In the following example, we calculate the mean coalescence time for a pair of lineages sampled in different demes in a symmetric island model, and compare this with the analytical expectation.

import msprime
import numpy as np

def migration_example():
    # M is the overall symmetric migration rate, and d is the number
    # of demes.
    M = 0.2
    d = 3
    # We rescale m into per-generation values for msprime.
    m = M / (4 * (d - 1))
    # Allocate the initial sample. Because we are interested in the
    # between deme coalescence times, we choose one sample each
    # from the first two demes.
    population_configurations = [
        msprime.PopulationConfiguration(sample_size=1),
        msprime.PopulationConfiguration(sample_size=1),
        msprime.PopulationConfiguration(sample_size=0)]
    # Now we set up the migration matrix. Since this is a symmetric
    # island model, we have the same rate of migration between all
    # pairs of demes. Diagonal elements must be zero.
    migration_matrix = [
        [0, m, m],
        [m, 0, m],
        [m, m, 0]]
    # We pass these values to the simulate function, and ask it
    # to run the required number of replicates.
    num_replicates = 1e6
    replicates = msprime.simulate(
        population_configurations=population_configurations,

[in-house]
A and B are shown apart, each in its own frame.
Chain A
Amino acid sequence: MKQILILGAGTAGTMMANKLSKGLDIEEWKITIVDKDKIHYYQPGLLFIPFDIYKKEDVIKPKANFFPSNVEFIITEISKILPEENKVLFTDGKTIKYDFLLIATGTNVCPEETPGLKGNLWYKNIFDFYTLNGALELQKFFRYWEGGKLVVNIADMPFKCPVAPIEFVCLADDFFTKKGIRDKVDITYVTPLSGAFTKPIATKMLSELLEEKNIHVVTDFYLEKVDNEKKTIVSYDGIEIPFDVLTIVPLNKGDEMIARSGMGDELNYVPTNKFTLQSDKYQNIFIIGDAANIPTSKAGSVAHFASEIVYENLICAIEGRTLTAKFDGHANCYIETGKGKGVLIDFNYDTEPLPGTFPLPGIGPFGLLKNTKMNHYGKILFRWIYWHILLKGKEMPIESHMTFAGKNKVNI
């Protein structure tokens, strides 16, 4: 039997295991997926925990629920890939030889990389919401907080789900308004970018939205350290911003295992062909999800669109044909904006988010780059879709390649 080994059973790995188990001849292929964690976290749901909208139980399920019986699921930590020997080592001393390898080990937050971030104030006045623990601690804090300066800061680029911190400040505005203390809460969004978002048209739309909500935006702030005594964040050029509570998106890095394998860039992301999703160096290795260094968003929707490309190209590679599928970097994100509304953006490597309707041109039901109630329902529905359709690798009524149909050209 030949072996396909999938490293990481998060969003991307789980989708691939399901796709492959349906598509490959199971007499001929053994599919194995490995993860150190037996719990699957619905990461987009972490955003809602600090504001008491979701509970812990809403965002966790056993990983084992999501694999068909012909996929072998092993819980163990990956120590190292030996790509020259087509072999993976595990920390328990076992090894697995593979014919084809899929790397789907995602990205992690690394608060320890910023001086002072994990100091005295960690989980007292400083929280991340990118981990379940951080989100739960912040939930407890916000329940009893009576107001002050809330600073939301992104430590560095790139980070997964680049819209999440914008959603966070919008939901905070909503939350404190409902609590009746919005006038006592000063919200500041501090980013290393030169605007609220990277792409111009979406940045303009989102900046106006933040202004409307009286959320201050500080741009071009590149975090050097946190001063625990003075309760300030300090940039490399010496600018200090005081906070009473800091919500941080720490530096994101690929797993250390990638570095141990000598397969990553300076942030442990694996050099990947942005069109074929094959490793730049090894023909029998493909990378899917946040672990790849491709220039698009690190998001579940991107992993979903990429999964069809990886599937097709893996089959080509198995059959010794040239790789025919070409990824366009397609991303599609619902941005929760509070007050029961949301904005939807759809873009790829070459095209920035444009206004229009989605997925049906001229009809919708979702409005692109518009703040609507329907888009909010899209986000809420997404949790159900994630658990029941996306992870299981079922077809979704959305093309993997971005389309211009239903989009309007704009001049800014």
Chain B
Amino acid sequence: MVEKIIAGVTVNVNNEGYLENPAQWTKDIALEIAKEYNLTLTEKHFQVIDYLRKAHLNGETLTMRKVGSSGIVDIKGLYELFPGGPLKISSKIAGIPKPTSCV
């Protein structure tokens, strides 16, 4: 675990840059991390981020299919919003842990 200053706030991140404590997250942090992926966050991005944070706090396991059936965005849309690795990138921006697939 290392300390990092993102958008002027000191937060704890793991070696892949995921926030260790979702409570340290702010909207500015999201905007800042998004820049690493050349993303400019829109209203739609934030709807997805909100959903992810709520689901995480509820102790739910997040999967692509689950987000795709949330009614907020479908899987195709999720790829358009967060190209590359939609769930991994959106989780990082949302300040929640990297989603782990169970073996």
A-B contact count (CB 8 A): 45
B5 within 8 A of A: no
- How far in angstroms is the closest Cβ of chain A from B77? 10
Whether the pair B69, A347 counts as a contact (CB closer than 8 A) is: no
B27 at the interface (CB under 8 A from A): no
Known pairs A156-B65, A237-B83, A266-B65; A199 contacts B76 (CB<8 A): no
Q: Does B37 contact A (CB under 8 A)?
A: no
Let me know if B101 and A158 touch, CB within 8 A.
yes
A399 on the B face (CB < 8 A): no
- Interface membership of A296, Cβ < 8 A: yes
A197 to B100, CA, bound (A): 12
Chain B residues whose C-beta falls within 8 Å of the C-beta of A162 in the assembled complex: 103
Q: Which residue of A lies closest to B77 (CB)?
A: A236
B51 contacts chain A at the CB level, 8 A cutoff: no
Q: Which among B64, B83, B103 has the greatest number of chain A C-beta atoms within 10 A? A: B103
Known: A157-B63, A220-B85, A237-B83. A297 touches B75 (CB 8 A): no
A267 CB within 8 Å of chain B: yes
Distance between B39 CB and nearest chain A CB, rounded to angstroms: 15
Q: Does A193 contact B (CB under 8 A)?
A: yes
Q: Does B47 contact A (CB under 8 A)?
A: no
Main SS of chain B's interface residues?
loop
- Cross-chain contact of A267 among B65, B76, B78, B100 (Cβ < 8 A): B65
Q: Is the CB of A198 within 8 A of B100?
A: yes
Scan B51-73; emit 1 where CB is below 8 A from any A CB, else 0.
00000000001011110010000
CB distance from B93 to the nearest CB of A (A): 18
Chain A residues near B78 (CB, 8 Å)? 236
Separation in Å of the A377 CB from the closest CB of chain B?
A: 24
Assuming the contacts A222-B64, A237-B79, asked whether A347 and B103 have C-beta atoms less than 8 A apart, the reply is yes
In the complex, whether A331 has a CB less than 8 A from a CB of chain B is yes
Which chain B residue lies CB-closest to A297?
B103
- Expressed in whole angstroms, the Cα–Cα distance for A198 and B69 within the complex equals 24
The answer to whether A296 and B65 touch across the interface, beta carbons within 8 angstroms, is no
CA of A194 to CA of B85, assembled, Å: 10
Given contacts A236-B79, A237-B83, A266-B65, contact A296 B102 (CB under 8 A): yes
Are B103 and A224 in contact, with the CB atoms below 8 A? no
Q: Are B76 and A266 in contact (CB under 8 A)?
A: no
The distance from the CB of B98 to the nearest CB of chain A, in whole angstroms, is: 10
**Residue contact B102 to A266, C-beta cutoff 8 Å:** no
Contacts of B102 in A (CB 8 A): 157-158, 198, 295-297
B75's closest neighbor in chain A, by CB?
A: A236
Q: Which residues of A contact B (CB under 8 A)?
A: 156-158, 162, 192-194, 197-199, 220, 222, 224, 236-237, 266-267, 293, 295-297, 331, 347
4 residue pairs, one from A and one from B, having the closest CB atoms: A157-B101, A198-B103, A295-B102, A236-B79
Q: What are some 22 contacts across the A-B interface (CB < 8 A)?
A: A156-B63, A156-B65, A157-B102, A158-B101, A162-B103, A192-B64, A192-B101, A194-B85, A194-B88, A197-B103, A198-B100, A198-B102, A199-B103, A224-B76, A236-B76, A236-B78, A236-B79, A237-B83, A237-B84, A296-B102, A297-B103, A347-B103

migration_matrix=migration_matrix,
        num_replicates=num_replicates)
    # And then iterate over these replicates
    T = np.zeros(num_replicates)
    for i, tree_sequence in enumerate(replicates):
        tree = next(tree_sequence.trees())
        # Convert the TMRCA to coalecent units.
        T[i] = tree.get_time(tree.get_root()) / 4
    # Finally, calculate the analytical expectation and print
    # out the results
    analytical = d / 2 + (d - 1) / (2 * M)
    print("Observed  =", np.mean(T))
    print("Predicted =", analytical)

Running this example we get:

>>> migration_example()
Observed  = 6.50638181614
Predicted = 6.5

Demography

Msprime provides a flexible and simple way to model past demographic events in arbitrary combinations. Here is an example describing the Gutenkunst et al. out-of-Africa model. See Figure 2B for a schematic of this model, and Table 1 for the values used.

Todo

Add a diagram of the model for convenience.

def out_of_africa():
    # First we set out the maximum likelihood values of the various parameters
    # given in Table 1.
    N_A = 7300
    N_B = 2100
    N_AF = 12300
    N_EU0 = 1000
    N_AS0 = 510
    # Times are provided in years, so we convert into generations.
    generation_time = 25
    T_AF = 220e3 / generation_time
    T_B = 140e3 / generation_time